REFERENCES

The following references are cited by their numerical references in Example 12. Please note that these numerical references apply only to Example 12.

  • 1. Abbink, T. E., N. Beerens, and B. Berkhout. 2004. Forced selection of a human immunodeficiency virus type 1 variant that uses a non-self tRNA primer for reverse transcription: involvement of viral RNA sequences and the reverse transcriptase enzyme. J. Virol. 78:10706-10714.
  • 2. Barnor, J. S., N. Miyano-Kurosaki, K. Yamaguchi, A. Sakamoto, K. Ishikawa, Y. Inagaki, N. Yamamoto, M. Osei-Kwasi, B. Ofori-Adjei, and H. Takaku. 2004. Intracellular expression of antisense RNA transcripts complementary to the human immunodeficiency virus type-1 vif gene inhibits viral replication in infected T-lymphoblastoid cells. Biochem. Biophys. Res. Commun. 320:544-550.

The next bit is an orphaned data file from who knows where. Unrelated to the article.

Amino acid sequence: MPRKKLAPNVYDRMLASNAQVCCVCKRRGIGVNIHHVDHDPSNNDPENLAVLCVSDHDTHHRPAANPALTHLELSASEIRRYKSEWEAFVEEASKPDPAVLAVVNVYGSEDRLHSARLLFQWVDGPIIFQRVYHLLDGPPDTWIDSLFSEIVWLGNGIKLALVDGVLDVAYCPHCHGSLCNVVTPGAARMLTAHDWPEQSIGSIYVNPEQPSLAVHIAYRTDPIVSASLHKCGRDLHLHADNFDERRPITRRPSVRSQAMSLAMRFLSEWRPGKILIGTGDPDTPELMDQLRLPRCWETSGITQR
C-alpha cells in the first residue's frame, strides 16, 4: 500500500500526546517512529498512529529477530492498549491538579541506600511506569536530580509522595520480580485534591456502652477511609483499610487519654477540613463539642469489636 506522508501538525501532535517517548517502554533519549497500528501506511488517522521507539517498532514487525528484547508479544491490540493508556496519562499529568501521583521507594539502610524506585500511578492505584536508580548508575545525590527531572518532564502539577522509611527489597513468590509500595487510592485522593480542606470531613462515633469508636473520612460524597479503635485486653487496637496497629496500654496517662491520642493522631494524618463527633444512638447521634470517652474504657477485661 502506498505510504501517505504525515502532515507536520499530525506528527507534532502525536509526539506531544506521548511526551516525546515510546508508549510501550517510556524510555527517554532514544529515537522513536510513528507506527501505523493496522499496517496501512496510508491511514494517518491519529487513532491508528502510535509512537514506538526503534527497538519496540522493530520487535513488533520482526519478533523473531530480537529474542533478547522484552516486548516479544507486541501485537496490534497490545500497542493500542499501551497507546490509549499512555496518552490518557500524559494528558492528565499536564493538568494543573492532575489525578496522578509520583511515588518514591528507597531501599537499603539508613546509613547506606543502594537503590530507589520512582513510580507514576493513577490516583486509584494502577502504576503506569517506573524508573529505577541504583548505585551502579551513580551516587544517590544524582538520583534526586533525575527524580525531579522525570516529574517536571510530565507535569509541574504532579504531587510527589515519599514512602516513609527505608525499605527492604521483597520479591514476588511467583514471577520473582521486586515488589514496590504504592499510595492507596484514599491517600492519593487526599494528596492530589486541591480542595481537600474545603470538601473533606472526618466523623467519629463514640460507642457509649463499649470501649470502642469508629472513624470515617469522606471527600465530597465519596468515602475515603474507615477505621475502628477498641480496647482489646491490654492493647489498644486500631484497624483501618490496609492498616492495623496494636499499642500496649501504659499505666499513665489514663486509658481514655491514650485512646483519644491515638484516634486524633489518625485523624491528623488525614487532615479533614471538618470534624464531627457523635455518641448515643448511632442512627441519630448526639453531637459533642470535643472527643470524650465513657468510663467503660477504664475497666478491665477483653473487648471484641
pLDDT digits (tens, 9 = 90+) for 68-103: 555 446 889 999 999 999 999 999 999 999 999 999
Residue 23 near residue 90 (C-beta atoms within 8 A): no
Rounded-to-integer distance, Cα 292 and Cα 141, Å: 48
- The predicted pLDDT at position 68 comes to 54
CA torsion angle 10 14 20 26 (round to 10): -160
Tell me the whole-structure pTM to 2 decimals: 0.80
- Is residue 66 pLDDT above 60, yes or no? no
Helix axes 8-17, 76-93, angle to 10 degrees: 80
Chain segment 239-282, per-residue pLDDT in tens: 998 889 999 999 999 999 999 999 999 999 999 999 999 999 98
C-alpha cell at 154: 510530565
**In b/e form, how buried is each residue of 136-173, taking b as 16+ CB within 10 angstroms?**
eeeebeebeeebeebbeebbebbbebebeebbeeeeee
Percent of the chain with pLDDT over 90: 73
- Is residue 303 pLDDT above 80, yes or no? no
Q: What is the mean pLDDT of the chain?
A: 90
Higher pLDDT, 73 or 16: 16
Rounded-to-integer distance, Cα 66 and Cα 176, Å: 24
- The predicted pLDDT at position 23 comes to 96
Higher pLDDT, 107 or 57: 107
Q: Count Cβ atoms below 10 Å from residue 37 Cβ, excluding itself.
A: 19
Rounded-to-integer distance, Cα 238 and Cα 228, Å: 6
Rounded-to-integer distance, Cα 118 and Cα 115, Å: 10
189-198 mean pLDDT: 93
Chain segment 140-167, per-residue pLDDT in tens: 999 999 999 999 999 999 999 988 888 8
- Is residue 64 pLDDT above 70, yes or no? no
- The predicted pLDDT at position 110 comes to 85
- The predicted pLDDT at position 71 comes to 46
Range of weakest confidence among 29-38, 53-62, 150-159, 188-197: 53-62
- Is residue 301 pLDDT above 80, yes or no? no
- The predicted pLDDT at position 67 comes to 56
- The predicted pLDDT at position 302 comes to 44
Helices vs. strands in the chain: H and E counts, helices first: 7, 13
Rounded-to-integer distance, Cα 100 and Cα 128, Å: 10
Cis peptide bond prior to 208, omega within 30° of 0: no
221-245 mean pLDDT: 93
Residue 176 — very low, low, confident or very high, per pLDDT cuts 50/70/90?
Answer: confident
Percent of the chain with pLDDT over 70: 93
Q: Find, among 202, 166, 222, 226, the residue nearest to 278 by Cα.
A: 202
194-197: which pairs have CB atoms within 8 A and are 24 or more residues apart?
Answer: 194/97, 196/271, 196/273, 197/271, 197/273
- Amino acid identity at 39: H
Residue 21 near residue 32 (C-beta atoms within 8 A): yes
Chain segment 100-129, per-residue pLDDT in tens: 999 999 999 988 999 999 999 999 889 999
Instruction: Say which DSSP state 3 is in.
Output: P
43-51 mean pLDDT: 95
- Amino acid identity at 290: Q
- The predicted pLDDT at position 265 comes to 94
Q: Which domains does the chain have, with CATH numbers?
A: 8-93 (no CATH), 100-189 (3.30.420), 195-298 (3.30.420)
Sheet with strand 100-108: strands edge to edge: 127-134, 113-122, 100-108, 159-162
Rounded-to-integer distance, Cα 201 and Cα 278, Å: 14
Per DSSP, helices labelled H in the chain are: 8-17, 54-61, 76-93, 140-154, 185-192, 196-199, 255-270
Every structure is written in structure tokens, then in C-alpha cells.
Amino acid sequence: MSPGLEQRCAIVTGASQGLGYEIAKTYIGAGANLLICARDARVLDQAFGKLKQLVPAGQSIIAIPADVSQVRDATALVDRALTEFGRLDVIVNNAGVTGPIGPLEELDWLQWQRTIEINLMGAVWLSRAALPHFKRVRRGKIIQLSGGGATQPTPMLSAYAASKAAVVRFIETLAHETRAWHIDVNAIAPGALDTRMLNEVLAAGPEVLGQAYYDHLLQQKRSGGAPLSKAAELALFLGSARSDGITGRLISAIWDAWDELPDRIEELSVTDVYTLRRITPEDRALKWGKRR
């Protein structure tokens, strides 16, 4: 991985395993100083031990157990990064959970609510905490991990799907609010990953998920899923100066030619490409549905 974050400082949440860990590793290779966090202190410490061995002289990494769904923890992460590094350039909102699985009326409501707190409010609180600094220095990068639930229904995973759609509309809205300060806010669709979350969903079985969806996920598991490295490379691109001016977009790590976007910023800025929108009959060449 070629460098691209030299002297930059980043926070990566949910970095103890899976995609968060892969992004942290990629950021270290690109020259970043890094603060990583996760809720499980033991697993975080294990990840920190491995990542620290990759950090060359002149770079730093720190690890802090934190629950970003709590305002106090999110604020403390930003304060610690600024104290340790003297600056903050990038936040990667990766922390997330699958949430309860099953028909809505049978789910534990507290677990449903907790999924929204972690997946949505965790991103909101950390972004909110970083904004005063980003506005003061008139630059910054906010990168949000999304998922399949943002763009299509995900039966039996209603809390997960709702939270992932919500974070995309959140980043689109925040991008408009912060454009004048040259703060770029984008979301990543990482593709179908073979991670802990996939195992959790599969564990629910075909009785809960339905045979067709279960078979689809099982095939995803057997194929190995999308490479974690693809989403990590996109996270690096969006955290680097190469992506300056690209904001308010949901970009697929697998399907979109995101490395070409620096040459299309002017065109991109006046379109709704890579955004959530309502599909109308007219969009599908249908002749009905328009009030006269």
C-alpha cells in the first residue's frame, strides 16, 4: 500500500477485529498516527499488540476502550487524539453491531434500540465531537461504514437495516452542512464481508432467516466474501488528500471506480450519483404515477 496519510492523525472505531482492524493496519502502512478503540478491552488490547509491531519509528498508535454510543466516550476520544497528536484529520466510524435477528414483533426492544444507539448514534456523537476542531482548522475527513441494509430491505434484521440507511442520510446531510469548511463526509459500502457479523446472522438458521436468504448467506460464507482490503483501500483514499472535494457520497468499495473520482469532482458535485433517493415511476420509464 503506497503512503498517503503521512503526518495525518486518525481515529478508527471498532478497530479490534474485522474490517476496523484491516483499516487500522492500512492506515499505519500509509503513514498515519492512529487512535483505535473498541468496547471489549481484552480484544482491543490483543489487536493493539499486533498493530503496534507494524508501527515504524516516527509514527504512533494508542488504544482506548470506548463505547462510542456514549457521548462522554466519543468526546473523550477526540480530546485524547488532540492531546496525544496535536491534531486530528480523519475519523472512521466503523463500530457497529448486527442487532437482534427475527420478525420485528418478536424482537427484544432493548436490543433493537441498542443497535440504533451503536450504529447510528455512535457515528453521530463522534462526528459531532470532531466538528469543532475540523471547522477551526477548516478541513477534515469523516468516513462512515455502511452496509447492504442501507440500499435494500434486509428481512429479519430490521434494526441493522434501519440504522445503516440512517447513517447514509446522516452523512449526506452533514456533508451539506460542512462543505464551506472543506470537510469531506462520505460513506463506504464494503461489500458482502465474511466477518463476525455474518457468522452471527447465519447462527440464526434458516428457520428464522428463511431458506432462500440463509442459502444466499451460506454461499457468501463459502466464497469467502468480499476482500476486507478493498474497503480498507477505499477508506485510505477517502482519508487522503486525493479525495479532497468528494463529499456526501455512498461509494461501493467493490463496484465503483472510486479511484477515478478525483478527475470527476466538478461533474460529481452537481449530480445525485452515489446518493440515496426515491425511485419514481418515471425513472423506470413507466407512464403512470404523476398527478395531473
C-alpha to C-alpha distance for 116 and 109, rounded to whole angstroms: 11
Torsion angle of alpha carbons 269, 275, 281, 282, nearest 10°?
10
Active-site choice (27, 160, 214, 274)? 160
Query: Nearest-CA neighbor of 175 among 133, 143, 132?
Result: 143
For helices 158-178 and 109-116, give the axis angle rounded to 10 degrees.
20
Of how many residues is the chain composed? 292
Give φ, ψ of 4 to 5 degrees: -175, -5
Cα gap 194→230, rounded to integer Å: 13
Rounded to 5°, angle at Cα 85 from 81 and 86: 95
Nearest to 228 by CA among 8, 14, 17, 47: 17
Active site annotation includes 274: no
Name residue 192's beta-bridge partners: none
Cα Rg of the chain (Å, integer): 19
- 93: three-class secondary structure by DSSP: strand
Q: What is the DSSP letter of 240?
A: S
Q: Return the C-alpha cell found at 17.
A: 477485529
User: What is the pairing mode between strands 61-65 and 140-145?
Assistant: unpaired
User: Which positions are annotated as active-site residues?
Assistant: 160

• 3. Beerli, R. R., B. Dreier, and C. F. Barbas IIL 2000. Positive and negative regulation of endogenous genes by designed transcription factors. Proc. Natl. Acad. Sci. USA 97:1495-1500.
  • 4. Beerli, R. R., D. J. Segal, B. Dreier, and C. F. Barbas IIL 1998. Toward controlling gene expression at will: specific regulation of the erbB-2/HER-2 promoter by using polydactyl zinc finger proteins constructed from modular building blocks. Proc. Natl. Acad. Sci. USA 95:14628-14633.
  • 5. Blancafort, P., D. J. Segal, and C. F. Barbas III. 2004. Designing transcription factor architectures for drug discovery. Mol. Pharmacol. 66:1361-1371.
  • 6. Boden, D., O. Pusch, F. Lee, L. Tucker, and B. Ramratnam. 2003. Human immunodeficiency virus type 1 escape from RNA interference. J. Virol. 77:11531-11535.